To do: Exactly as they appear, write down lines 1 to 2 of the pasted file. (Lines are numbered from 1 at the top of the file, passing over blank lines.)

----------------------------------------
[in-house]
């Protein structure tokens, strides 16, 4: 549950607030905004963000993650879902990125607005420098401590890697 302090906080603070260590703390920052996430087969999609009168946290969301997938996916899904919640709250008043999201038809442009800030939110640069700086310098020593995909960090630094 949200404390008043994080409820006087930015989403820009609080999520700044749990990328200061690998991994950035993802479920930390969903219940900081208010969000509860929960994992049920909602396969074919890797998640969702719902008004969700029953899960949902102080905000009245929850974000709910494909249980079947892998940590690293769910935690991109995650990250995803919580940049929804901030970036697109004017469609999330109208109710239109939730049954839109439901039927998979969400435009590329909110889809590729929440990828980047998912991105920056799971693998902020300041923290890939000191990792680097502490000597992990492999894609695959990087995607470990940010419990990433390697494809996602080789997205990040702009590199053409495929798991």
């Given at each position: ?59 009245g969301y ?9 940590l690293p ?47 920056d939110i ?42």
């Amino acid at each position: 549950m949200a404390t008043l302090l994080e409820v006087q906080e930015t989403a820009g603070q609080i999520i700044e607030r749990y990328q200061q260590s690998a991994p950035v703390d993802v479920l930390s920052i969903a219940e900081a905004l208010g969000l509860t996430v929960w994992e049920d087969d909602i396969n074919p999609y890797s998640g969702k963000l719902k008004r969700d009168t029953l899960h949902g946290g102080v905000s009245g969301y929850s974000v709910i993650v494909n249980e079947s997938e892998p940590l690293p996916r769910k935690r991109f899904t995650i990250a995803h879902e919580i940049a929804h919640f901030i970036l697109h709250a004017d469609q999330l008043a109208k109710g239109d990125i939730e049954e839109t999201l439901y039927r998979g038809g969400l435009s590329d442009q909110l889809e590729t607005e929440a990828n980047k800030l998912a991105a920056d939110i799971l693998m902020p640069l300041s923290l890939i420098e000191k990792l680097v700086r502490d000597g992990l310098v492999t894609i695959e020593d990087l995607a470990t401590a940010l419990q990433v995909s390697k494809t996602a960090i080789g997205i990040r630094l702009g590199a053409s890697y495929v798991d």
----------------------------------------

[in-house]
């Protein structure tokens, strides 16, 4: 549950607030905004963000993650879902990125607005420098401590890697 302090906080603070260590703390920052996430087969999609009168946290969301997938996916899904919640709250008043999201038809442009800030939110640069700086310098020593995909960090630094 949200404390008043994080409820006087930015989403820009609080999520700044749990990328200061690998991994950035993802479920930390969903219940900081208010969000509860929960994992049920909602396969074919890797998640969702719902008004969700029953899960949902102080905000009245929850974000709910494909249980079947892998940590690293769910935690991109995650990250995803919580940049929804901030970036697109004017469609999330109208109710239109939730049954839109439901039927998979969400435009590329909110889809590729929440990828980047998912991105920056799971693998902020300041923290890939000191990792680097502490000597992990492999894609695959990087995607470990940010419990990433390697494809996602080789997205990040702009590199053409495929798991």